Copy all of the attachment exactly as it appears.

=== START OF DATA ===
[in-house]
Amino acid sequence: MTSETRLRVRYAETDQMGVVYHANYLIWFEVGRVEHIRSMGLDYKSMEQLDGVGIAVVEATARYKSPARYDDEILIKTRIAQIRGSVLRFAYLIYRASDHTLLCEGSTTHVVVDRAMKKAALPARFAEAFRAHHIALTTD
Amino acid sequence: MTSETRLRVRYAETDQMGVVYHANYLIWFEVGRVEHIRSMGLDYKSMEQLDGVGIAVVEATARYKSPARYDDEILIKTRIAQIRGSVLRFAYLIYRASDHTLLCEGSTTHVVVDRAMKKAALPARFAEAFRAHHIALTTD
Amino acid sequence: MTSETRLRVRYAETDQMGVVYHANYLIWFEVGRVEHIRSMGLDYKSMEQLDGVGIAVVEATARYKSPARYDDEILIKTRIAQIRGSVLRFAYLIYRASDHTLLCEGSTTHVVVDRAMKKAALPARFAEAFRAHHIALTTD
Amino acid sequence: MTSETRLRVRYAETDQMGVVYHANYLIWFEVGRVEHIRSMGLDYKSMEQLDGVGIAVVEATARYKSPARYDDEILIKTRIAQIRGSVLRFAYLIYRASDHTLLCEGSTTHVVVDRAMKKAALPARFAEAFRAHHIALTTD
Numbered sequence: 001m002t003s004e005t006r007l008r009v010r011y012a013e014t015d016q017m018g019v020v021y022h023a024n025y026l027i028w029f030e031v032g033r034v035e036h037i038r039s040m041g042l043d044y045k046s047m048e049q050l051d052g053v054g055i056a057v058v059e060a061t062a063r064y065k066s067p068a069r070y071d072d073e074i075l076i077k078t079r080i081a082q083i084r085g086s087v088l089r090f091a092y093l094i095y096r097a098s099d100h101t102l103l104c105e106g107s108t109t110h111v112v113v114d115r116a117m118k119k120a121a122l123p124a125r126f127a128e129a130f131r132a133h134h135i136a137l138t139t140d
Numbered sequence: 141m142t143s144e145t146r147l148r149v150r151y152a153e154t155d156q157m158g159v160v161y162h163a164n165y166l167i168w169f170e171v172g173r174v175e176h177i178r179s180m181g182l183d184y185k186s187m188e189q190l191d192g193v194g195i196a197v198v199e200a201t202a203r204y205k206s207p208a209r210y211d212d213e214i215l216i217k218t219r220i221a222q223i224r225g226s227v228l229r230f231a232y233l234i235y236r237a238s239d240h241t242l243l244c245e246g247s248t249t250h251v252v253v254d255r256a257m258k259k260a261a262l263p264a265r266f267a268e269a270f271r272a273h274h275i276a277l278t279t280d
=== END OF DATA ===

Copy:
[in-house]
Amino acid sequence: MTSETRLRVRYAETDQMGVVYHANYLIWFEVGRVEHIRSMGLDYKSMEQLDGVGIAVVEATARYKSPARYDDEILIKTRIAQIRGSVLRFAYLIYRASDHTLLCEGSTTHVVVDRAMKKAALPARFAEAFRAHHIALTTD
Amino acid sequence: MTSETRLRVRYAETDQMGVVYHANYLIWFEVGRVEHIRSMGLDYKSMEQLDGVGIAVVEATARYKSPARYDDEILIKTRIAQIRGSVLRFAYLIYRASDHTLLCEGSTTHVVVDRAMKKAALPARFAEAFRAHHIALTTD
Amino acid sequence: MTSETRLRVRYAETDQMGVVYHANYLIWFEVGRVEHIRSMGLDYKSMEQLDGVGIAVVEATARYKSPARYDDEILIKTRIAQIRGSVLRFAYLIYRASDHTLLCEGSTTHVVVDRAMKKAALPARFAEAFRAHHIALTTD
Amino acid sequence: MTSETRLRVRYAETDQMGVVYHANYLIWFEVGRVEHIRSMGLDYKSMEQLDGVGIAVVEATARYKSPARYDDEILIKTRIAQIRGSVLRFAYLIYRASDHTLLCEGSTTHVVVDRAMKKAALPARFAEAFRAHHIALTTD
Numbered sequence: 001m002t003s004e005t006r007l008r009v010r011y012a013e014t015d016q017m018g019v020v021y022h023a024n025y026l027i028w029f030e031v032g033r034v035e036h037i038r039s040m041g042l043d044y045k046s047m048e049q050l051d052g053v054g055i056a057v058v059e060a061t062a063r064y065k066s067p068a069r070y071d072d073e074i075l076i077k078t079r080i081a082q083i084r085g086s087v088l089r090f091a092y093l094i095y096r097a098s099d100h101t102l103l104c105e106g107s108t109t110h111v112v113v114d115r116a117m118k119k120a121a122l123p124a125r126f127a128e129a130f131r132a133h134h135i136a137l138t139t140d
Numbered sequence: 141m142t143s144e145t146r147l148r149v150r151y152a153e154t155d156q157m158g159v160v161y162h163a164n165y166l167i168w169f170e171v172g173r174v175e176h177i178r179s180m181g182l183d184y185k186s187m188e189q190l191d192g193v194g195i196a197v198v199e200a201t202a203r204y205k206s207p208a209r210y211d212d213e214i215l216i217k218t219r220i221a222q223i224r225g226s227v228l229r230f231a232y233l234i235y236r237a238s239d240h241t242l243l244c245e246g247s248t249t250h251v252v253v254d255r256a257m258k259k260a261a262l263p264a265r266f267a268e269a270f271r272a273h274h275i276a277l278t279t280d